If you want to get deep into auto repair, you’re going to need a garage. So, if you’re currently living in an apartment complex with open parking, you should probably put your auto repair dreams on hold.

You’ll eventually end up getting hurt

No matter how cautious you are, eventually, you’ll end up hurting yourself working on cars. Cuts, bruises, and busted knuckles are just part of the game. Furthermore, if you decide to fix cars professionally, the physical labor will eventually take its toll on your body.

You’ll need patience and commitment

It takes years to learn how to diagnose and repair cars properly. As such, you’ll need a lot of patience and dedication if you want to get good at turning wrenches.

How to Get Started in Learning Auto Repair

Alright, so you’ve decided to take the plunge and get started in auto repair. Now what? Here are some suggestions.

What to Do if You Want to Learn Basic Maintenance Skills

studying auto repair at a community college or tech school
Taking a supervised course on auto repair at a community college is a far better and far less riskier approach than just watching YouTube videos.

Take an auto repair course

Let’s say you decide you want to just learn the basics, such as oil changes and other routine maintenance. Taking an entry-level auto repair course at the local community college is a great way to go.

Sure, you could try to learn by watching YouTube videos. But there’s a good chance you’ll hurt both your car and yourself in the process. Taking a supervised course is a far better—and far less riskier—approach.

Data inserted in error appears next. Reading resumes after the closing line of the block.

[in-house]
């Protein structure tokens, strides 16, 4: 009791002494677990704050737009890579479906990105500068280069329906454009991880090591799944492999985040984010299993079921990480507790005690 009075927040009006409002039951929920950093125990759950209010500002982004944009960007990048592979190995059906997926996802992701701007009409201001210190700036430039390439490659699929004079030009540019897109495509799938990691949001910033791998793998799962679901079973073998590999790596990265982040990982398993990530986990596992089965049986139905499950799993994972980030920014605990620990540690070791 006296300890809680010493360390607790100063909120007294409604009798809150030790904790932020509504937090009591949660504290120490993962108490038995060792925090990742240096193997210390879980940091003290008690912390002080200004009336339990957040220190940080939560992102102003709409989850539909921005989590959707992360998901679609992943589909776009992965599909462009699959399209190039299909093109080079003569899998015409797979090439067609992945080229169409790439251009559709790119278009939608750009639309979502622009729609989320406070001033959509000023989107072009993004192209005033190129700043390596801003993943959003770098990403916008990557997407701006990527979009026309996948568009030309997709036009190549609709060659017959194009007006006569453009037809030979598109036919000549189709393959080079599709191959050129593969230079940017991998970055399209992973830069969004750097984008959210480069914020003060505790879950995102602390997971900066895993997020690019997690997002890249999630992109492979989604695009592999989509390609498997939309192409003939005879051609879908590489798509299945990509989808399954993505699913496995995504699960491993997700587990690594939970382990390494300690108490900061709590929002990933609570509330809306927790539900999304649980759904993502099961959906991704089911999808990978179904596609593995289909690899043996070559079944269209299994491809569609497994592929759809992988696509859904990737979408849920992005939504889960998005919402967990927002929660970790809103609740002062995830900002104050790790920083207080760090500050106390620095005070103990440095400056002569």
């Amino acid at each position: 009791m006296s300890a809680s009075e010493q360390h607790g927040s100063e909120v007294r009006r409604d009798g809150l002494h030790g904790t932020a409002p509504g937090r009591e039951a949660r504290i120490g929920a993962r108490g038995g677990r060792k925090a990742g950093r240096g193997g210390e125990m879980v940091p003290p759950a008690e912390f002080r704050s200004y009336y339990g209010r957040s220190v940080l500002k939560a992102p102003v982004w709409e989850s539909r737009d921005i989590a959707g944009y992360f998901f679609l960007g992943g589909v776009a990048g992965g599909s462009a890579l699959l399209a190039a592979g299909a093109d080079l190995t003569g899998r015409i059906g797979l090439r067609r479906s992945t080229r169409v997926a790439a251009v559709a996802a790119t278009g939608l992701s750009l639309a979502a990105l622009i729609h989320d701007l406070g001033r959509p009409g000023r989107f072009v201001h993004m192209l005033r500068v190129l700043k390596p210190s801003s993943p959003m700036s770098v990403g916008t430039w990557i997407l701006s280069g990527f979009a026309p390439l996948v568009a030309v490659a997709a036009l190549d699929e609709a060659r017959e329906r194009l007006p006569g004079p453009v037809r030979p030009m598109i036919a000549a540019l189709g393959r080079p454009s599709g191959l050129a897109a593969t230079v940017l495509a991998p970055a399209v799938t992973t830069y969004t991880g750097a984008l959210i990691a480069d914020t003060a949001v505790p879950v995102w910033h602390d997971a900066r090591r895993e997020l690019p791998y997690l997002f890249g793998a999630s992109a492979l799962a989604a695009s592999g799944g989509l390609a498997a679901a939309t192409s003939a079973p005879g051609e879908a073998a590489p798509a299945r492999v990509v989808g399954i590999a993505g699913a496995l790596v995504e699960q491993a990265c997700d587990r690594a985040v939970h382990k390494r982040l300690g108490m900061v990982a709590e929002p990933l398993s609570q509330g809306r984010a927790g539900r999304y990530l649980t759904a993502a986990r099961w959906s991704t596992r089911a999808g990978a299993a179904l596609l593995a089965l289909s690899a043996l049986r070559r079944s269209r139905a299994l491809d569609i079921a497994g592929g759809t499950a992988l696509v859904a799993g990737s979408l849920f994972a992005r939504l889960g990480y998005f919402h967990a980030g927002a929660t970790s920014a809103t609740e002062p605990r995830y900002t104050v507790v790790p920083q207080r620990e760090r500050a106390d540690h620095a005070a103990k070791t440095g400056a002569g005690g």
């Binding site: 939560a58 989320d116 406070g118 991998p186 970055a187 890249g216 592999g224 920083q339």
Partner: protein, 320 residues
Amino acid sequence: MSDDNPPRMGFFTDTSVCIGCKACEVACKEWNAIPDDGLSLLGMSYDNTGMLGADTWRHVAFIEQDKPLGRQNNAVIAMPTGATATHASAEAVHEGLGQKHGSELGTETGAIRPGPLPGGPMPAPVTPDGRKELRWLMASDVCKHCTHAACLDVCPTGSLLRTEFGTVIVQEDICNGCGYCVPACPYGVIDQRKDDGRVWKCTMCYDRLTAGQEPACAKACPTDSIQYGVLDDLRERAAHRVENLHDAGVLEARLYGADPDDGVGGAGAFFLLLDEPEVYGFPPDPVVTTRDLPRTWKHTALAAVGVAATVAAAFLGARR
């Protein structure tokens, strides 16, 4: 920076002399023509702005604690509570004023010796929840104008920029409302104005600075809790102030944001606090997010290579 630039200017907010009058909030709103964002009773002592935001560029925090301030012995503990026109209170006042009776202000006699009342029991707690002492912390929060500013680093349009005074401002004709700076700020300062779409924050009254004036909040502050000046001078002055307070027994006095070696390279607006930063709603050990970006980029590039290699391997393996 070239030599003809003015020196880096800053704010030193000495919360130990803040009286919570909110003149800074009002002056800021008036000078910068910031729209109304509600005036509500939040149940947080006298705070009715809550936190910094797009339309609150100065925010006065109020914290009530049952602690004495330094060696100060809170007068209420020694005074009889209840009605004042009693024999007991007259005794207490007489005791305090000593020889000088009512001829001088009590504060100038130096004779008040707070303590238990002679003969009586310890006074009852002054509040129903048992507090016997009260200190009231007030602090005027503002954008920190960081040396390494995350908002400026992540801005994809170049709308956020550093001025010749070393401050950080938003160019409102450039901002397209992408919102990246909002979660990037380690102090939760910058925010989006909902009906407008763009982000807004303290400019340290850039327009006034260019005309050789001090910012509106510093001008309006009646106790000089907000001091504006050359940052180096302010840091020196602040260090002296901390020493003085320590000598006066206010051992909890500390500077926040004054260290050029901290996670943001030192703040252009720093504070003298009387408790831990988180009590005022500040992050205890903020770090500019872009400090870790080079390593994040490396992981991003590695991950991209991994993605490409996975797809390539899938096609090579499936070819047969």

Purchase repair manuals for your vehicle

After you’ve taken an entry-level course and you have the basics down, purchase a repair manual for your vehicle. ALLDATA offers online factory-level repair information for DIYers.

You can also purchase manuals from either Haynes or Chilton. Having the proper repair information is absolutely necessary if you plan to maintain your own vehicle.

How to Make Auto Repair Your Career

taking an auto repair course at a local community college
Enrolling in a program at a community college or tech school is an excellent choice if you want to make auto repair your career.

What if you want to make auto repair your career? Then you’ll need to work harder—a lot harder—to reach your goal.

Pursue a degree or enroll in a training program

Enrolling in a program (rather than just one course) at a community college or tech school is an excellent choice. There are many outstanding programs covering everything from electronics to engine repair.

Study for your ASE certification test

While taking classes, it also helps to start studying for your Automotive Service Excellence (ASE) tests. You can do so by purchasing the entire series of study guides (A1-A8) and reading them cover to cover.

Consider getting a project car

You may also want to consider buying a project car (in addition to your daily driver) as a learning tool. That way, if you mess something up while tinkering, you’ll still have reliable transportation.

If DIY isn’t for You—Find a Good Auto Repair Shop

Working on cars isn’t for everyone. If you’re only interested in the potential money-saving aspect of fixing vehicles, you’re probably better off going to a reputable repair shop. Doing so will save you time, frustration, and, in many cases, money as well.

Any information provided on this Website is for informational purposes only and is not intended to replace consultation with a professional mechanic.

File Under : DIY